Fixed costs Costs that remain constant throughout the life of the project (the cost of a piece of rented equipment for the project, the cost of a consultant brought on to the project, and so on).
Funding limit reconciliation An organization’s approach to managing cash flow against the project deliverables based on a schedule, milestone accomplishment, or data constraints.
Indirect costs Costs that are representative of more than one project (for example, utilities for the performing organization, access to a training room, project management software license, and so on).
Known unknown An event that will likely happen within the project, but when it will happen and to what degree is unknown. These events, such as delays, are usually risk-related.
Learning curve An approach that assumes the cost per unit decreases the more units workers complete, because workers learn as they complete the required work.
Oligopoly A market condition where the market is so tight that the actions of one vendor affect the actions of all the others.
Opportunity cost The total cost of the opportunity that is refused to realize an opposing opportunity.
Parametric estimating An approach using a parametric model to extrapolate what costs will be needed for a project (for example, cost per hour and cost per unit). It can include variables and points based on conditions.
Planned value (PV) It is the work scheduled and the budget authorized to accomplish that work. It is the percentage of the BAC that reflects where the project should be at this point in time.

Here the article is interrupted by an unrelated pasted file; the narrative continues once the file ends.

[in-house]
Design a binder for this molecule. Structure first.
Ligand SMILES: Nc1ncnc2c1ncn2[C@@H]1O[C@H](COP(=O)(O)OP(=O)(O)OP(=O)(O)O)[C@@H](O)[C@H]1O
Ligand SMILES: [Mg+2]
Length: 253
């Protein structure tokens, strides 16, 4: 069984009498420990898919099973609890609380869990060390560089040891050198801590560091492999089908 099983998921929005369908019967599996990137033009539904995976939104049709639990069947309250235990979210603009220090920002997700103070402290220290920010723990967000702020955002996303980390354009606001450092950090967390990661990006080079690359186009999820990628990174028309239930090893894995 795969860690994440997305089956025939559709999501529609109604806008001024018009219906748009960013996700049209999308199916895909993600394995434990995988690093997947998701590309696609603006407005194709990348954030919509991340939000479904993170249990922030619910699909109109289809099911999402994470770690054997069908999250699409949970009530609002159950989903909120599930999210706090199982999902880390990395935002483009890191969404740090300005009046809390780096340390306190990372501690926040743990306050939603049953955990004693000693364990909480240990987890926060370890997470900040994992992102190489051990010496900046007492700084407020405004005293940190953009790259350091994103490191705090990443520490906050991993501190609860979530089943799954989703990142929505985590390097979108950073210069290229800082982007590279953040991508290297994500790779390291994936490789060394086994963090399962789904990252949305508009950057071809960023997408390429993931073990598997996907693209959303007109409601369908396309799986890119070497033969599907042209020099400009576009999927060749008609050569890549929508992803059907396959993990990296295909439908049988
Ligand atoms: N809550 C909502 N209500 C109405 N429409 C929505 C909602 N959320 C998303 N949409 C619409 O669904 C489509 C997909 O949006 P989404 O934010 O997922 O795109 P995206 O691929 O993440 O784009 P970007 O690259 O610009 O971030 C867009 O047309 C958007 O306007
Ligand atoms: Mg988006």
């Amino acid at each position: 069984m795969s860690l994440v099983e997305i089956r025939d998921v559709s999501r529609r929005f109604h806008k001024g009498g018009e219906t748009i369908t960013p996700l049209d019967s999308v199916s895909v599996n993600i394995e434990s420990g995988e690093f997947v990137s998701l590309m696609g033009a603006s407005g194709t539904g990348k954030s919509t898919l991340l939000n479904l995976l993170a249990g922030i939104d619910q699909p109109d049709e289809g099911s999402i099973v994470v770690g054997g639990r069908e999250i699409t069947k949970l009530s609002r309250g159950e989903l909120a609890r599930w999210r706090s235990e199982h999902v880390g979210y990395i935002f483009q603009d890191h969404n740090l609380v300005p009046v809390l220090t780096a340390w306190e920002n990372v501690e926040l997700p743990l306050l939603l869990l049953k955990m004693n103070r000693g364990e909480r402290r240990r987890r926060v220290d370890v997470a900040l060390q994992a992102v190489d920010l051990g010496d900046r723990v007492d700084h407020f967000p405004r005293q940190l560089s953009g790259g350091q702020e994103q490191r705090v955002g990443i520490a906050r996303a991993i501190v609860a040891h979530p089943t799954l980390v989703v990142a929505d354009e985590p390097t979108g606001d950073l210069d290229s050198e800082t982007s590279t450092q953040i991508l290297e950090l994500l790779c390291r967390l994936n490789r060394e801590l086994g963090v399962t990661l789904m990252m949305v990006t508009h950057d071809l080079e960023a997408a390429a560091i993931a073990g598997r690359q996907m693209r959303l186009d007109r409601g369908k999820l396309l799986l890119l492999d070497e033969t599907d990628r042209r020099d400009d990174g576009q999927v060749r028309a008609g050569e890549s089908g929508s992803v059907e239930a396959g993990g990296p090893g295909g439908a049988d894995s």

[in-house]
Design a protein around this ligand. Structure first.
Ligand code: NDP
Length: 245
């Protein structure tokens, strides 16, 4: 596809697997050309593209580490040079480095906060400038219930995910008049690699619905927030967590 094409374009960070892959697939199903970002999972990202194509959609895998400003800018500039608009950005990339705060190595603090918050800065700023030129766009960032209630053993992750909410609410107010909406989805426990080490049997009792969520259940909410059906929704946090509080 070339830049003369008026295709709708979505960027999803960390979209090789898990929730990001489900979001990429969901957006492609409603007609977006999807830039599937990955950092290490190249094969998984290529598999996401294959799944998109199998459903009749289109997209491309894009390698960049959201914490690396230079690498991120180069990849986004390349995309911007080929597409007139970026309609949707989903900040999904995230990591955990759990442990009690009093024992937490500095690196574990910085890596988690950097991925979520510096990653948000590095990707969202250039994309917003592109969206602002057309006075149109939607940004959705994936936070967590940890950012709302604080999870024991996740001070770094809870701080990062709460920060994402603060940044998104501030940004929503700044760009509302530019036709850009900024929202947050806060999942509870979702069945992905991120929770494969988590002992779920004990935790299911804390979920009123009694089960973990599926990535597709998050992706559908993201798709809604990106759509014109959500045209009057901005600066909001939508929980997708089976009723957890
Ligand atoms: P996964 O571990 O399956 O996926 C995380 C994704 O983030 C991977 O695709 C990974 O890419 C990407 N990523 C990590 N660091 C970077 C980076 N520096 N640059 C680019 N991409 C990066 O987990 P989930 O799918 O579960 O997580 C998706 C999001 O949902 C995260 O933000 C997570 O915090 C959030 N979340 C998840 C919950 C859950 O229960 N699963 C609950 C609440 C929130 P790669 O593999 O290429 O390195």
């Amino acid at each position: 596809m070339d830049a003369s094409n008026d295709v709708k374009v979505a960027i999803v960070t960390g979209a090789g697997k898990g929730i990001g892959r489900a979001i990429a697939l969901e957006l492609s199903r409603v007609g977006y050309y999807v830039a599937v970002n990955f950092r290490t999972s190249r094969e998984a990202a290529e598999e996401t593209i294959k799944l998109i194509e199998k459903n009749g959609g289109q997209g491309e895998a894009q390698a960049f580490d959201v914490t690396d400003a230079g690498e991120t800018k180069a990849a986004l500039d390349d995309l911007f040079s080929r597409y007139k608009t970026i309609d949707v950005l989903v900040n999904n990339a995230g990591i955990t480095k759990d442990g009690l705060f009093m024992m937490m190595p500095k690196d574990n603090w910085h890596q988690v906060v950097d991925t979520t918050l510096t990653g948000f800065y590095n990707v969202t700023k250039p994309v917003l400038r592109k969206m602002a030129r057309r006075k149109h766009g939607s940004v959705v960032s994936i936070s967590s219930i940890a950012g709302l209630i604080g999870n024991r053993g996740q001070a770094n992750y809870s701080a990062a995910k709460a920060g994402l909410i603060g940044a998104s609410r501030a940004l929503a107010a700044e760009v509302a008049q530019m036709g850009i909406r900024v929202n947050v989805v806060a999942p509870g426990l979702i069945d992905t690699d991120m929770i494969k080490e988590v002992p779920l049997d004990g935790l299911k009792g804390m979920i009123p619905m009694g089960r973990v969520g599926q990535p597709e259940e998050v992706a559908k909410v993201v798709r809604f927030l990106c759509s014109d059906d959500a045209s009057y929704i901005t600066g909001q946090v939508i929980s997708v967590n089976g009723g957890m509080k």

Project variance The final variance, which is discovered only at the project’s completion. The formula is VAR = BAC – AC.
Regression analysis This is a statistical approach to predicting what future values may be, based on historical values. It creates quantitative predictions based on variables within one value to predict variables in another.
Regression analysis This form of estimating relies solely on pure statistical math to reveal relationships between variables and to predict future values.
Reserve analysis Cost reserves are for unknown unknowns within a project. The management reserve is not part of the project cost baseline, but is included as part of the project budget.
Rough order of magnitude This rough estimate is used during the initiating processes and in top-down estimates. The range of variance for the estimate can be from –25 percent to +75 percent.
Schedule performance index (SPI) Measures the project based on its schedule performance. The formula is SPI = EV/PV.
Schedule variance (SV) The difference between the earned value and the planned value. The formulas is SV = EV – PV.
Single source Many vendors can provide what your project needs to purchase, but you prefer to work with a specific vendor.
Sole source Only one vendor can provide what your project needs to purchase. Examples include a specific consultant, specialized service, or unique type of material.
Sunk costs Monies that have already been invested in a project.
To-Complete Performance Index A formula to forecast the likelihood of a project to achieve its goals based on what’s happening in the project right now. There are two different flavors for the TCPI, depending on what you want to accomplish.
To-Complete Performance Index If you want to see if your project can meet the budget at completion, use: TCPI = (BAC – EV)/(BAC – AC). If you want to see if your project can meet the newly created estimate at completion, use: TCPI = (BAC – EV)/(EAC – AC).
Variable costs Costs that change based on the conditions applied in the project (the number of meeting participants, the supply of and demand for materials, and so on).
Variance The difference between what was expected and what was experienced.
Variance at completion (VAC) A forecasting formula that predicts how much of a variance the project will likely have based on current conditions within the project. The formula is VAC = BAC – EAC.
Created by: maribaz